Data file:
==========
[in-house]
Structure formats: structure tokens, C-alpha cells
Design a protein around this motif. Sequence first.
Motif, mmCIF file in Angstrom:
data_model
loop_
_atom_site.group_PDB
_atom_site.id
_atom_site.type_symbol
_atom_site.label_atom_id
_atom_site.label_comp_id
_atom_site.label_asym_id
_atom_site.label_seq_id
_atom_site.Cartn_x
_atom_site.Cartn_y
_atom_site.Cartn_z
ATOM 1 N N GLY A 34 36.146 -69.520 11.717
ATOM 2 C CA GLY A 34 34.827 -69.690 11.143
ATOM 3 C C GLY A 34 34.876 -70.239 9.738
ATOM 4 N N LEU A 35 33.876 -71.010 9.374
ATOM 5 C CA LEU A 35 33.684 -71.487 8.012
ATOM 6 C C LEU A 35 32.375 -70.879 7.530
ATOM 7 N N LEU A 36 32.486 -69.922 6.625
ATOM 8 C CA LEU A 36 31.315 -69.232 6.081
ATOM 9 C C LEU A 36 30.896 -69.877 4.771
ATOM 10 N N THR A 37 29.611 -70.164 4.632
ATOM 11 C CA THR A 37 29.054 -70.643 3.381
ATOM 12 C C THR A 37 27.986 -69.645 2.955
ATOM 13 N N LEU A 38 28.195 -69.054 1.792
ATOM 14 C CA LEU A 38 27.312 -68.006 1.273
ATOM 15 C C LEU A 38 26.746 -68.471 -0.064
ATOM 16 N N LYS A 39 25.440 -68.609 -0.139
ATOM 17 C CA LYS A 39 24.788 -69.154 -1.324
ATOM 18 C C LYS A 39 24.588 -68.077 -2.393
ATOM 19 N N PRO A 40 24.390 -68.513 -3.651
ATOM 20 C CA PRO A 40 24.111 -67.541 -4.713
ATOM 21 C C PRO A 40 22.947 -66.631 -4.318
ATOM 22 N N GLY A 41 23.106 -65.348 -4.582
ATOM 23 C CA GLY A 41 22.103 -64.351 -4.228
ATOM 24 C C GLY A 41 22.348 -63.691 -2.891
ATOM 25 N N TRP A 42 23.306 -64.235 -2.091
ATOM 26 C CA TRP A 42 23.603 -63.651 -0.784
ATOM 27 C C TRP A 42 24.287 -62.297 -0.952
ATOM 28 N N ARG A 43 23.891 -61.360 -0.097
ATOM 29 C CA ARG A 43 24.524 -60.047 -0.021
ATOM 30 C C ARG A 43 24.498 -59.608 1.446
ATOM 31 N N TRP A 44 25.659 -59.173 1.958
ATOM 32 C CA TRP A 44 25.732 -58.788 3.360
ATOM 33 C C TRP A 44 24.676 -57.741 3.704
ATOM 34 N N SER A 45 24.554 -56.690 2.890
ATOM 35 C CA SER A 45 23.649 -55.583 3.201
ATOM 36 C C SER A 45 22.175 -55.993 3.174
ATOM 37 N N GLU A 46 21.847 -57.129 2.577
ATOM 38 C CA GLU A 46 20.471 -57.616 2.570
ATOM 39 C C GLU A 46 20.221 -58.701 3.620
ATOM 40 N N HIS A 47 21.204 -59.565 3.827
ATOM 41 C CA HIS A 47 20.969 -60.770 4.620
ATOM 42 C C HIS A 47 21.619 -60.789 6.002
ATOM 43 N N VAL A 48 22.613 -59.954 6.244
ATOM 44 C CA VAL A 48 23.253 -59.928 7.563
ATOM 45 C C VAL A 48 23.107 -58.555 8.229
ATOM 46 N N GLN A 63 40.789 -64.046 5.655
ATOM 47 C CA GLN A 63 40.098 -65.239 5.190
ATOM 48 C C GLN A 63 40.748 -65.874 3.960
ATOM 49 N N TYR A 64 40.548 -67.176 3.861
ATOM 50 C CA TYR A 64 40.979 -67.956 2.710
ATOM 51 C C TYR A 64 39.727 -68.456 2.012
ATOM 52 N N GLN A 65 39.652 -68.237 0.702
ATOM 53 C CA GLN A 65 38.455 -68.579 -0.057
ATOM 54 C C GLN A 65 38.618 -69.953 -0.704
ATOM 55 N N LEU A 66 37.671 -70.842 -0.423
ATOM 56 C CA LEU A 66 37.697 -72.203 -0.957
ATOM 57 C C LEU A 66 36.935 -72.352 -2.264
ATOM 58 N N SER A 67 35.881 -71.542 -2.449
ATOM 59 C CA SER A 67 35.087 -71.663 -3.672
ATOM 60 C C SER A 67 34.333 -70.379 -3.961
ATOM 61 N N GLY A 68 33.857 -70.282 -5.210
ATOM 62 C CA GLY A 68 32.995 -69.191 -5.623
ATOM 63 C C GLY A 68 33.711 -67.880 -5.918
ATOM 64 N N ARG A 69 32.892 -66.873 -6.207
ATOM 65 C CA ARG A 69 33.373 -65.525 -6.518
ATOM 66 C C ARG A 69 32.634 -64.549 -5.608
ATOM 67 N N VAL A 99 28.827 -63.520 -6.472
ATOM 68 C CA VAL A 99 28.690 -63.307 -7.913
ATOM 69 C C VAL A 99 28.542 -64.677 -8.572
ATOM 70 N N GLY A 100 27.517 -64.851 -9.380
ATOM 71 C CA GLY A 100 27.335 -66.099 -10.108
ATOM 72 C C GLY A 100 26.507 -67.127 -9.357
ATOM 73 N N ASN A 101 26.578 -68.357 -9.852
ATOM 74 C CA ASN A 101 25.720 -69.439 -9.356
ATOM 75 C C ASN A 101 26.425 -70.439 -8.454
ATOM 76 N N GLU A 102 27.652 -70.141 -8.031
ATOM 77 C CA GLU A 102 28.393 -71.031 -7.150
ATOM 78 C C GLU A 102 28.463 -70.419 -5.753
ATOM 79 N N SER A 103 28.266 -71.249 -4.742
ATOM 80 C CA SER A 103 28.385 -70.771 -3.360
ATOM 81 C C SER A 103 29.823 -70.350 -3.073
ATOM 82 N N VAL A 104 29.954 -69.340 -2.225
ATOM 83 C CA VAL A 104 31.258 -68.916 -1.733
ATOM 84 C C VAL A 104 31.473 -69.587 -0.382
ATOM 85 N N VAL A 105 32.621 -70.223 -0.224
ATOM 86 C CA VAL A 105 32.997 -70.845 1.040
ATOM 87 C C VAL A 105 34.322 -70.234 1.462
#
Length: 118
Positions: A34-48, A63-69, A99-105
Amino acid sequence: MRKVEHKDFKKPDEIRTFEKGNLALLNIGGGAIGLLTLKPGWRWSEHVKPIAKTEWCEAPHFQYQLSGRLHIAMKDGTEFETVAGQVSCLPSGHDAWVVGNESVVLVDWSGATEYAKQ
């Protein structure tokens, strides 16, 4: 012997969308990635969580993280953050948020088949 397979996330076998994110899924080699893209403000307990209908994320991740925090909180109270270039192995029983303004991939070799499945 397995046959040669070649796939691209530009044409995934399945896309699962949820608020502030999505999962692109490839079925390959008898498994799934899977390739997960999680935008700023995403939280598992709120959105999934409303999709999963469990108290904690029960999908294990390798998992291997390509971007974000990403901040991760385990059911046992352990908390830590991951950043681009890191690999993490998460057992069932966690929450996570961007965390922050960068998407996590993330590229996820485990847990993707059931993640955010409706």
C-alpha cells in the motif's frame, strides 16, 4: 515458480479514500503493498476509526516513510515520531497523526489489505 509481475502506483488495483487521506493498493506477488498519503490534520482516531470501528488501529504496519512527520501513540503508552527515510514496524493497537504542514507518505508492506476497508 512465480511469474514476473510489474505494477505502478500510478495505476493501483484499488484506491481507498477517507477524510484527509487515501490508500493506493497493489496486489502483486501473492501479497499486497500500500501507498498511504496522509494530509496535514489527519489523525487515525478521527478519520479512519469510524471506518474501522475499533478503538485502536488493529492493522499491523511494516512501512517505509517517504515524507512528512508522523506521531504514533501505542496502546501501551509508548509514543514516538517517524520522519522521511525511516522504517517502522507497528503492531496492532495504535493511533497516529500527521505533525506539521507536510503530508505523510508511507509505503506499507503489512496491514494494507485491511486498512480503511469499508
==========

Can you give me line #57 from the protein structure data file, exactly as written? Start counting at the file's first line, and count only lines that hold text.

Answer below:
ATOM 41 C CA HIS A 47 20.969 -60.770 4.620